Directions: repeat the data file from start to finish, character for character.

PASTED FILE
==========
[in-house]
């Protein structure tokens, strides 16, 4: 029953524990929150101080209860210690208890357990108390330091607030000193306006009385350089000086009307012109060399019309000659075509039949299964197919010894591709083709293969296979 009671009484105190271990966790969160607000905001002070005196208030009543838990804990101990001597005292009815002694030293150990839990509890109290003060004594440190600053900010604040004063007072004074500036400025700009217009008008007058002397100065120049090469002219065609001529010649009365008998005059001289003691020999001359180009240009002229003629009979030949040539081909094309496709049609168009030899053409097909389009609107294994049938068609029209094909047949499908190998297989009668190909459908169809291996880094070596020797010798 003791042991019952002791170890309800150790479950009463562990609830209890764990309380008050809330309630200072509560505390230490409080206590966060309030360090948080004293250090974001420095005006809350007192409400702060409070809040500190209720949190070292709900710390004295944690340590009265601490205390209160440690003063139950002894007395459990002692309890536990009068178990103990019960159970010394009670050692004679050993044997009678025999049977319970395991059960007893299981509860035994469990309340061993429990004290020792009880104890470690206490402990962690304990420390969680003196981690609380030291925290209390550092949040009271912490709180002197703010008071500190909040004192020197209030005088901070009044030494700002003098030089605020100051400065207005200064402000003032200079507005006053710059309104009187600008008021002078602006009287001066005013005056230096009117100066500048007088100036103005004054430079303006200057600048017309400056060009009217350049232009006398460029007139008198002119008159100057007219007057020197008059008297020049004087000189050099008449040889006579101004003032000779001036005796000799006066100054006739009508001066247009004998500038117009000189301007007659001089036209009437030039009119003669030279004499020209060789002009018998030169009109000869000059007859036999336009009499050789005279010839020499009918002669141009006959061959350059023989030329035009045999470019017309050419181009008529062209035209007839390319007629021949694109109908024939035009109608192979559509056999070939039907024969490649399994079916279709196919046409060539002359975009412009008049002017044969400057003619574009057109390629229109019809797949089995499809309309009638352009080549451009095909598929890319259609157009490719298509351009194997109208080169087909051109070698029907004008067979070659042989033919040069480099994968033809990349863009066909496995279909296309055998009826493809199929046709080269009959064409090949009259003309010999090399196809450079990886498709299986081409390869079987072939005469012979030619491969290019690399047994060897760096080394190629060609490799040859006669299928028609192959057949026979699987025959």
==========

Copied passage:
[in-house]
């Protein structure tokens, strides 16, 4: 029953524990929150101080209860210690208890357990108390330091607030000193306006009385350089000086009307012109060399019309000659075509039949299964197919010894591709083709293969296979 009671009484105190271990966790969160607000905001002070005196208030009543838990804990101990001597005292009815002694030293150990839990509890109290003060004594440190600053900010604040004063007072004074500036400025700009217009008008007058002397100065120049090469002219065609001529010649009365008998005059001289003691020999001359180009240009002229003629009979030949040539081909094309496709049609168009030899053409097909389009609107294994049938068609029209094909047949499908190998297989009668190909459908169809291996880094070596020797010798 003791042991019952002791170890309800150790479950009463562990609830209890764990309380008050809330309630200072509560505390230490409080206590966060309030360090948080004293250090974001420095005006809350007192409400702060409070809040500190209720949190070292709900710390004295944690340590009265601490205390209160440690003063139950002894007395459990002692309890536990009068178990103990019960159970010394009670050692004679050993044997009678025999049977319970395991059960007893299981509860035994469990309340061993429990004290020792009880104890470690206490402990962690304990420390969680003196981690609380030291925290209390550092949040009271912490709180002197703010008071500190909040004192020197209030005088901070009044030494700002003098030089605020100051400065207005200064402000003032200079507005006053710059309104009187600008008021002078602006009287001066005013005056230096009117100066500048007088100036103005004054430079303006200057600048017309400056060009009217350049232009006398460029007139008198002119008159100057007219007057020197008059008297020049004087000189050099008449040889006579101004003032000779001036005796000799006066100054006739009508001066247009004998500038117009000189301007007659001089036209009437030039009119003669030279004499020209060789002009018998030169009109000869000059007859036999336009009499050789005279010839020499009918002669141009006959061959350059023989030329035009045999470019017309050419181009008529062209035209007839390319007629021949694109109908024939035009109608192979559509056999070939039907024969490649399994079916279709196919046409060539002359975009412009008049002017044969400057003619574009057109390629229109019809797949089995499809309309009638352009080549451009095909598929890319259609157009490719298509351009194997109208080169087909051109070698029907004008067979070659042989033919040069480099994968033809990349863009066909496995279909296309055998009826493809199929046709080269009959064409090949009259003309010999090399196809450079990886498709299986081409390869079987072939005469012979030619491969290019690399047994060897760096080394190629060609490799040859006669299928028609192959057949026979699987025959």